The use of externally hosted systems is a hot topic in today’s legal technology world.  Once considered a non-starter, there is an emerging openness to the use of systems and data residing outside of the traditional “behind the firewall” infrastructure model.  The change in approach has followed the broader business technology trend towards more efficient and effective use of external infrastructure available through Cloud-based and SaaS systems.  Document management has followed a similar course with a keen interest in law firms and corporate law departments evaluating these new models.

The policies and approaches related to Cloud-based and external systems has shifted significantly (Figure 1).  While in 2011 a majority required or preferred in-house deployments (75%), updated data in late 2013 showed a rapid shift towards being either agnostic or preferring remote hosting (70%).

In discussing externally hosted applications, security is the most commonly cited consideration.

While the issue of data security and system control are important, we find that these issues are no longer a driving factor in selecting the preferred infrastructure model.

Issues of proprietary control, confidentiality and protection of trade secrets – issues not unique to intellectual property – have been largely addressed with technical, legal, and policy solutions.

In deciding whether a system should be managed internally or externally, often the more significant issue relates to the flexibility in building interfaces and sharing information between separate but related systems that are important for an integrated DMS environment.  Aggregating both information and processes from different systems into the DMS can present technical challenges in an externally hosted infrastructure model.  In the DMS solutions market, while vendors have made advances, important limitations exist that can challenge certain Cloud-based or SaaS solutions.  We find this particularly true for larger, more sophisticated organizations that are integrating their core DMS with administrative, operational systems, and other enterprise business applications.

The remote model may also be inappropriate for certain industries that require government compliance, export control or other unique electronic data control protocols. In these circumstances, in-house deployment is often the only alternative.  For less complex scenarios, where an organization is deploying their DMS solution as a stand-alone application or with limited integration points, the remote infrastructure model is a viable and attractive alternative.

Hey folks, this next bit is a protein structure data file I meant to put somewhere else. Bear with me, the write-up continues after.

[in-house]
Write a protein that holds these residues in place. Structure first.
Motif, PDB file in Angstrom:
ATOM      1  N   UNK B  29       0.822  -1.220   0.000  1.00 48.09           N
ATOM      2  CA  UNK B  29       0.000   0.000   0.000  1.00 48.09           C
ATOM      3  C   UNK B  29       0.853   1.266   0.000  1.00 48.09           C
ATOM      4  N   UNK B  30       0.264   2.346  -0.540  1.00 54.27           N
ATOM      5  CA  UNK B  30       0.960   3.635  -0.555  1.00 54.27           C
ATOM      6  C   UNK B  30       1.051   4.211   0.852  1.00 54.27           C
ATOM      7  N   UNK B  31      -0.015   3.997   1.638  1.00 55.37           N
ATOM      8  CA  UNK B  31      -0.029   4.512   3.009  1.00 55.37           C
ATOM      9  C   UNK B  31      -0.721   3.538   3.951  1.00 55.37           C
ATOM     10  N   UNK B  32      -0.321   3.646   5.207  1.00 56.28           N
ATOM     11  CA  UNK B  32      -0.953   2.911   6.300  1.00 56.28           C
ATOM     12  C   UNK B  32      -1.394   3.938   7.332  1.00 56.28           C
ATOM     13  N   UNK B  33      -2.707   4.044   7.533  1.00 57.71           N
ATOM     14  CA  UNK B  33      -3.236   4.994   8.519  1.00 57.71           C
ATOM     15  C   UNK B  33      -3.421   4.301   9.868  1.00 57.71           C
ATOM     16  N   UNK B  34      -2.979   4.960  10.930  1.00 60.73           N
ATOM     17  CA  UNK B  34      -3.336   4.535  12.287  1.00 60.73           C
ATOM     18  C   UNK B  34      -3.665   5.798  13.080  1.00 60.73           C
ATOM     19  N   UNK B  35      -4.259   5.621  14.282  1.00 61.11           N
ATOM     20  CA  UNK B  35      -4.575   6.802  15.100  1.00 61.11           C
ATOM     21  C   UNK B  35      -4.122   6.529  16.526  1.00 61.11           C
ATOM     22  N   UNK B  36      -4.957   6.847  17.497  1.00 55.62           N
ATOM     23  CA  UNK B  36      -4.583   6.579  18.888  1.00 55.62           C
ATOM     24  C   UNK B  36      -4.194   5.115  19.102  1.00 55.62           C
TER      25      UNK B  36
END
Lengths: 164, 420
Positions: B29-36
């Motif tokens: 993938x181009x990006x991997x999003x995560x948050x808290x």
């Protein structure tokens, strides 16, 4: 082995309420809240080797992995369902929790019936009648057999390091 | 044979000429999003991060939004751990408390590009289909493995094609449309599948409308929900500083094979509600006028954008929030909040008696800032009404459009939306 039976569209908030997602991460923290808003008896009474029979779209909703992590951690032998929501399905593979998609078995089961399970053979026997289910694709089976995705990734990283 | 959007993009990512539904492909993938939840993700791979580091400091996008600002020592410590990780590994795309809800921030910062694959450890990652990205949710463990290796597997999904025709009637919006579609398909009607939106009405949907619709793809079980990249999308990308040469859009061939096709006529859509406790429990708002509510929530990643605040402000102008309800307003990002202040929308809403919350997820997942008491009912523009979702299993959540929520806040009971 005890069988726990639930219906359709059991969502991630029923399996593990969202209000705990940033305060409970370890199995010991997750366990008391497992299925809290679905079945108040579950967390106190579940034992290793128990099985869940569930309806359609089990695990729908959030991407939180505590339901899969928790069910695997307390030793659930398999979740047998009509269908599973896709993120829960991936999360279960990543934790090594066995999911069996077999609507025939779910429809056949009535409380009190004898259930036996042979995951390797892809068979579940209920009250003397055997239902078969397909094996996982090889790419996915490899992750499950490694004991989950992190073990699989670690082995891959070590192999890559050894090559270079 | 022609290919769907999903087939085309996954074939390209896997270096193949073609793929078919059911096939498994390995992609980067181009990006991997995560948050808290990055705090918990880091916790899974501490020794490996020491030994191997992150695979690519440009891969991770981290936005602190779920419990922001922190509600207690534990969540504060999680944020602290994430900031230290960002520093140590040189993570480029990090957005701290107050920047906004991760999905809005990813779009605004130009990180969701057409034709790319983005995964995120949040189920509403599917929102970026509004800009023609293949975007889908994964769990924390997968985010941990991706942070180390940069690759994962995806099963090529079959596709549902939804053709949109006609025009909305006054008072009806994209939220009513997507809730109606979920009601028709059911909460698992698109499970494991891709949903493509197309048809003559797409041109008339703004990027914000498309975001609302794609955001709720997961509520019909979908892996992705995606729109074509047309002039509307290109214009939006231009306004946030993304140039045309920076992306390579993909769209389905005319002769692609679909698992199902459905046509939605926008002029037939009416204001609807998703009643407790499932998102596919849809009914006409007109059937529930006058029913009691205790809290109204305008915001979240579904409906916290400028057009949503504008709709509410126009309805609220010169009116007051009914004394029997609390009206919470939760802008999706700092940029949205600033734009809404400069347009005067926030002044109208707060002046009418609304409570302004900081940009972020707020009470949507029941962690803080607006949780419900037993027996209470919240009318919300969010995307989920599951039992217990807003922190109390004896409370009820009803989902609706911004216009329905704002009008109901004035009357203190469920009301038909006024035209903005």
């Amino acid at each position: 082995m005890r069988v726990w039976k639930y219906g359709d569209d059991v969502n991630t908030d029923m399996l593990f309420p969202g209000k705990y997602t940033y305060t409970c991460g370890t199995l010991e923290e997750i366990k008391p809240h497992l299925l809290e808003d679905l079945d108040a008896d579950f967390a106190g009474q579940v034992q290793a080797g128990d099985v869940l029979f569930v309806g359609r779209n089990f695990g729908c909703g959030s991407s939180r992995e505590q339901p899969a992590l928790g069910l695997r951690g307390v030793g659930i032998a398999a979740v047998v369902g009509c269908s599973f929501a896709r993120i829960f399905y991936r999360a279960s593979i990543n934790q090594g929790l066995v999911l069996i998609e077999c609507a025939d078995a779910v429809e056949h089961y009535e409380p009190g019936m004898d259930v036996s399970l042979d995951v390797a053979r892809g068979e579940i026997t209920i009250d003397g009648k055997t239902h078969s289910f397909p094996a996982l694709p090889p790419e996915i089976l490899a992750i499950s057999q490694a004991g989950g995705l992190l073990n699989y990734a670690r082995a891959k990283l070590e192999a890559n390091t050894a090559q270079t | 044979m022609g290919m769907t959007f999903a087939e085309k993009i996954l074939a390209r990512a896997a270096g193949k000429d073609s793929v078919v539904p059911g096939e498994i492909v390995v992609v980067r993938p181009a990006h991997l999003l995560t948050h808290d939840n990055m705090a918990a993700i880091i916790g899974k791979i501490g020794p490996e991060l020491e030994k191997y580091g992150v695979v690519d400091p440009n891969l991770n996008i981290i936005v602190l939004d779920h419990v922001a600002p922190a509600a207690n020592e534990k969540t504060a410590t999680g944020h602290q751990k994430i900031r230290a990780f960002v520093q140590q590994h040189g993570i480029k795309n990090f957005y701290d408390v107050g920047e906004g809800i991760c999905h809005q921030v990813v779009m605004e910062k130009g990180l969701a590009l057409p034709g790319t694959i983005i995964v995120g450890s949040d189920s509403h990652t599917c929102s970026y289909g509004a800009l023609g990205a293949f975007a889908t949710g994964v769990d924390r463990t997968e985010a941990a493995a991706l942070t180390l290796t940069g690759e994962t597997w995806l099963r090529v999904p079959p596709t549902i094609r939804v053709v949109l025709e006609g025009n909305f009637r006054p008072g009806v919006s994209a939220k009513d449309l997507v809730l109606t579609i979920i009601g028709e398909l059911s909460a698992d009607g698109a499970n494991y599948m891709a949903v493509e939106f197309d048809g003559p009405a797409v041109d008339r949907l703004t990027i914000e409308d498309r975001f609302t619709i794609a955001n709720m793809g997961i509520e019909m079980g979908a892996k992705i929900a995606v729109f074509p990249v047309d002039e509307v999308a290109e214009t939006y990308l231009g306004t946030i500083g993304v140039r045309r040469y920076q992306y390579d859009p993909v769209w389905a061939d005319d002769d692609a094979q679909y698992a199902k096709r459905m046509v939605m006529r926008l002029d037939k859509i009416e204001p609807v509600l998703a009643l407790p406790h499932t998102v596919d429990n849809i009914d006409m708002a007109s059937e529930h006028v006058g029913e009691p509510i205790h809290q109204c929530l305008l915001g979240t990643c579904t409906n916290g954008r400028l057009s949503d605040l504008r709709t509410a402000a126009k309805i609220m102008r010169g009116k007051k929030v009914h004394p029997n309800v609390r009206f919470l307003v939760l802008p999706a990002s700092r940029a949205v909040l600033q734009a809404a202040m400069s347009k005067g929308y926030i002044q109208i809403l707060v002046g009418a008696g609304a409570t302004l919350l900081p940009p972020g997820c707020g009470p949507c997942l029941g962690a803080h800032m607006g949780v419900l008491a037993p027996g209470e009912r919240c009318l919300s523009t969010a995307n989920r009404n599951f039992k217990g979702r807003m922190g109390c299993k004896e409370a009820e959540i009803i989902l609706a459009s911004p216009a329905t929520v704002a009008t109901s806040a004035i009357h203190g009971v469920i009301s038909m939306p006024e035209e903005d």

From a vendor perspective, we see an increasing move towards the external infrastructure model. The cost benefits gained from streamlined user and technical support, as well as economies of scale in infrastructure, allows vendors to offer attractive cost-benefits to their clients.   While there are a few remote-only solutions, for the most part vendors continue to offer internal or external hosting as an option, including maturing models around “hybrid-cloud” solutions.  Based on our discussions with vendors, we expect a continued and deliberate move towards the cloud-based solution model.

In considering externally hosted DMS, security and compliance issues are the most often cited concerns.

In our review and assessments of solution providers, however, we find that advanced solutions have largely addressed these areas up to or beyond typical IT standards.  Due diligence checklists include:

  • Data ownership
  • Compliance with myriad privacy and data control standards, including unique EU requirements
  • SSAE 16 or ISO 27001 compliance
  • Monitoring and detection
  • Liability coverage provisions

A second unique consideration in externally hosted DMS is the ability for configuration and integration of the solution to fit within the broader legal solution environment. The nuances of various law practices and departments will dictate the extent at which this factor plays a role in the selection process. In the past, Saas or cloud-based systems offered less configurability or integration possibilities; and conversely these were considered strengths of on-premises solutions.  Today, however, leading cloud-based vendors are often able to compete with traditional on-premises vendors.

Cloud-based DMS also raises considerations related to solution scalability, storage space and cost.   Using subscription-based pricing models, we see cloud-based solutions offered on tiered pricing.  This includes pricing inputs for modules/features, storage space and the number of users.  As the solution scales, the challenge for IT managers can be assessing the cost interplay between managing the storage required for rapidly growing content volume and user needs to retain information. While traditional on premises solutions can often add additional storage capacity at a lower cost (because of the low cost of storage), new cloud-based agreements are increasingly building in greater flexibility to accommodate growth.



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